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Tough Love Monday: Break The US Addiction To Oil

28 July 2008 6 Comments

Every Monday, Return To Manliness explores a pressing issue in today’s society and offers up a “Tough Love” response to fix the problem. The solution(s) offered are not meant to win a popularity contest and may be seen as harsh or somewhat insensitive. This is never meant to offend anyone or any group of people. It is only an alternative way, most likely not all mainstream in its solutions, of exploring the issue.

Ah yes, yet another blog post on gas prices. This one is a little different though. You will not see the following:

These ideas and topics have all been vetted quite intensively.

In the Tough Love series, we explore ways of fixing an obvious problem in our society by suggesting “off the beaten path” alternatives. These may be politically incorrect and potentially painful, but nonetheless, alternatives. Regardless if you believe the topic needs tough love, the post is intended to start thinking about the issues slightly more radically.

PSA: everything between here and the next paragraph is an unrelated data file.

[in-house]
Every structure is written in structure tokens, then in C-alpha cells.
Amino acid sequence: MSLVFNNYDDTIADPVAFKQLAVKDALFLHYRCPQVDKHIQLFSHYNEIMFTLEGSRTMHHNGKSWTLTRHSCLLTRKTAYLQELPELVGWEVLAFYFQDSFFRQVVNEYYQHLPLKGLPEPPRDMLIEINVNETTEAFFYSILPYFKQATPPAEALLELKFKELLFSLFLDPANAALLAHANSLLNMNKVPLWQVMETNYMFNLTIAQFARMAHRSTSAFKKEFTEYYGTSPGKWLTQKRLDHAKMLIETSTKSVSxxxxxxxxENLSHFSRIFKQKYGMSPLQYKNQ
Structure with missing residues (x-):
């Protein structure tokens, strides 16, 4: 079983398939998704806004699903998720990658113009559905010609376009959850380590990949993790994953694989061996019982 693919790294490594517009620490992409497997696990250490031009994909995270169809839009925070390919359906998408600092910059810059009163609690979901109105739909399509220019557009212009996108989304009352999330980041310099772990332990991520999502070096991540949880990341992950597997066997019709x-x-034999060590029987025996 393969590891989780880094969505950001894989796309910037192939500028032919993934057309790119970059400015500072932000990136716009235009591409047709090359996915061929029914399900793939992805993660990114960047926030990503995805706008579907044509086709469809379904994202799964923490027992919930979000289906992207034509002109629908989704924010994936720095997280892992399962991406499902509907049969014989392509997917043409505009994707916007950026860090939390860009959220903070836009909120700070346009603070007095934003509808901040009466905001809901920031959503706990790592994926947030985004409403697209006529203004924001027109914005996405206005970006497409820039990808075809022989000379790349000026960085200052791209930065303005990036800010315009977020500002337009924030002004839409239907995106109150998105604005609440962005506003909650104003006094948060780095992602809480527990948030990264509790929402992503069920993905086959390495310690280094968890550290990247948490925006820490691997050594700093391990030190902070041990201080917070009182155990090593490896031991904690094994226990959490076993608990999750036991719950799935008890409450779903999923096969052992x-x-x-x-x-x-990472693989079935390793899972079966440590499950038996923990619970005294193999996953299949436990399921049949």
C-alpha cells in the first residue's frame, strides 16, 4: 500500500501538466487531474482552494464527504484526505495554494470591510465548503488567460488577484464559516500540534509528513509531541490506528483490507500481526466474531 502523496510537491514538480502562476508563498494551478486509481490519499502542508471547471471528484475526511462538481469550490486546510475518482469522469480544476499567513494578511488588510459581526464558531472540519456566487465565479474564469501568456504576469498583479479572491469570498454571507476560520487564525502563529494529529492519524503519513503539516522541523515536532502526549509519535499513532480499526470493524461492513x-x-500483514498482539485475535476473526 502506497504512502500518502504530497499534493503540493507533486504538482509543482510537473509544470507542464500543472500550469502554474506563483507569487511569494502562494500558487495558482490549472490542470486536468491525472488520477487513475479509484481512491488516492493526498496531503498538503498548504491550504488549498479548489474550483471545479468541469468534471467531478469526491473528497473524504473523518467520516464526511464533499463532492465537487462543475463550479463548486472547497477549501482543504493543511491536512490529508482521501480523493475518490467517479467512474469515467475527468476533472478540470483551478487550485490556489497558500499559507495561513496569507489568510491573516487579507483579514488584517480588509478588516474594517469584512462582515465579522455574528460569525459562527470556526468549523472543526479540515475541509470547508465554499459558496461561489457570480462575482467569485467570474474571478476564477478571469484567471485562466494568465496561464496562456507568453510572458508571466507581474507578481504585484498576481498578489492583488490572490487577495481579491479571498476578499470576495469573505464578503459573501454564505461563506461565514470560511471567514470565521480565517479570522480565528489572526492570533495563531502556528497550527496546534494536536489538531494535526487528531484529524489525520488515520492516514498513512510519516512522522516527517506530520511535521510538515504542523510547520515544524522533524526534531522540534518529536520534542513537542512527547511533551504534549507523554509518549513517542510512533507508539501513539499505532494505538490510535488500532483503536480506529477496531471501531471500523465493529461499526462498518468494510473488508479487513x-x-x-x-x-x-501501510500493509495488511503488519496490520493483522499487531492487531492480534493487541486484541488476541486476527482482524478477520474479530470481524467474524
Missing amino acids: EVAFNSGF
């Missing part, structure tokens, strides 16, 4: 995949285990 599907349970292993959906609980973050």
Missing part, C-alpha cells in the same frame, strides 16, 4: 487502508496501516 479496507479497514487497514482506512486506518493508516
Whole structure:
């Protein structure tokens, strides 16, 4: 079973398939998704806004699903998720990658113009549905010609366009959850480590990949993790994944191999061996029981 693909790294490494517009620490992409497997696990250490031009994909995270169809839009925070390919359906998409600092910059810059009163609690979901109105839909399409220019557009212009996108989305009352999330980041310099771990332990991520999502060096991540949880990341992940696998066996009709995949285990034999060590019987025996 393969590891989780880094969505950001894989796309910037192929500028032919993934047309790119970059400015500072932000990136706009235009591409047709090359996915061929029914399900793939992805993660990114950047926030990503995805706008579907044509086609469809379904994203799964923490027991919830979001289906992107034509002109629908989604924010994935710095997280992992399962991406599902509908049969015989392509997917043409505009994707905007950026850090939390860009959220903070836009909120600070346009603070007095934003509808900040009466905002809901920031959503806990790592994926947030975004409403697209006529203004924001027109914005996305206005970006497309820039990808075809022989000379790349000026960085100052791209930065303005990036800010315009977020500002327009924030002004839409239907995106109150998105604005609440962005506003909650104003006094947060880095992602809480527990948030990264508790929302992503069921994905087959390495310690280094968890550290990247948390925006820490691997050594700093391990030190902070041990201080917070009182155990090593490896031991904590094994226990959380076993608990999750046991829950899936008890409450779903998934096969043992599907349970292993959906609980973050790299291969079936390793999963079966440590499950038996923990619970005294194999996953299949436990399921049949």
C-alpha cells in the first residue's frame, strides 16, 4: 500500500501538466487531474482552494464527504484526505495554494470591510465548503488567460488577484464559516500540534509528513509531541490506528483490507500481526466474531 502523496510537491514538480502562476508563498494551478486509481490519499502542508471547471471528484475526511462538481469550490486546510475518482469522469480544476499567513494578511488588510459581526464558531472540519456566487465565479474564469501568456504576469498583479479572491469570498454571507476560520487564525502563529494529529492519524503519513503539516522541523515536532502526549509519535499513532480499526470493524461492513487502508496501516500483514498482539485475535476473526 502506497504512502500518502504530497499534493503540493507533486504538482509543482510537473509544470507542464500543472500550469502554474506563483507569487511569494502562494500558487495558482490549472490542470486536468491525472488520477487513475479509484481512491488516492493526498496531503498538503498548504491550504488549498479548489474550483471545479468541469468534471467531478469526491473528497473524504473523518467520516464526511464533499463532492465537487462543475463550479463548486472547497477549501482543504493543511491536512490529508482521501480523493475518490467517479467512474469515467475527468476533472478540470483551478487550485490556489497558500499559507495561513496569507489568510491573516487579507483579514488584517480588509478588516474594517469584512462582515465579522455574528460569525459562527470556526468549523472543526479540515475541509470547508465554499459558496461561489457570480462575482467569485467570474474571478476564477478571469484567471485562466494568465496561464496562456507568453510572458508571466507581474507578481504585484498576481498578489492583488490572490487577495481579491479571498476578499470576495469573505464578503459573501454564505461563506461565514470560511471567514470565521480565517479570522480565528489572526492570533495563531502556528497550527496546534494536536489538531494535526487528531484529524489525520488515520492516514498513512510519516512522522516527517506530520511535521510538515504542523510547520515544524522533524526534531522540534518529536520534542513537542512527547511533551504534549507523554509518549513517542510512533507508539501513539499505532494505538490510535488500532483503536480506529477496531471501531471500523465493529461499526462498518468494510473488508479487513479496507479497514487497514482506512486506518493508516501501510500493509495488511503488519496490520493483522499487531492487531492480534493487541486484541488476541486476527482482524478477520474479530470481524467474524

The Issue

In the case of gas prices, we are talking about our national security. The dent on our pocketbooks is only the beginning of the story and the crisis is of utmost important to our country’s long term health.

Some may believe the addiction is a fallacy. Whatever you believe, some facts can not be disputed. The high price of gasoline is real and is not going away. Air quality in our cities is the worst it’s been in our history. The US Dollar is bordering on hyperinflation and many countries are threatening to walk away from using it as the world standard.

Consider this,

  • 4 of every 5 Americans surveyed support the U.S. tapping into its own domestic energy reserves
  • US imports 12 million barrels per day. $125/barrel x 12million = $1.5 billion/day leaving the US – more than 50% goes to OPEC
  • 90% of all oil imported is used for gasoline consumption
  • $500+ billion/year in US Dollars leaving the country
  • Dollar is trading at all time lows against pretty much every currency
  • US consumes 25% of total world oil production
  • Cars average 36 mpg in Europe and 31 mpg in Japan vs. only 21 mpg in the United States.

The truth is, we are addicted to oil and it just might take some tough love break that addiction. If we were a drug addict, an intervention would be conducted. If we were an alcoholic, the experts would tell us to go cold turkey.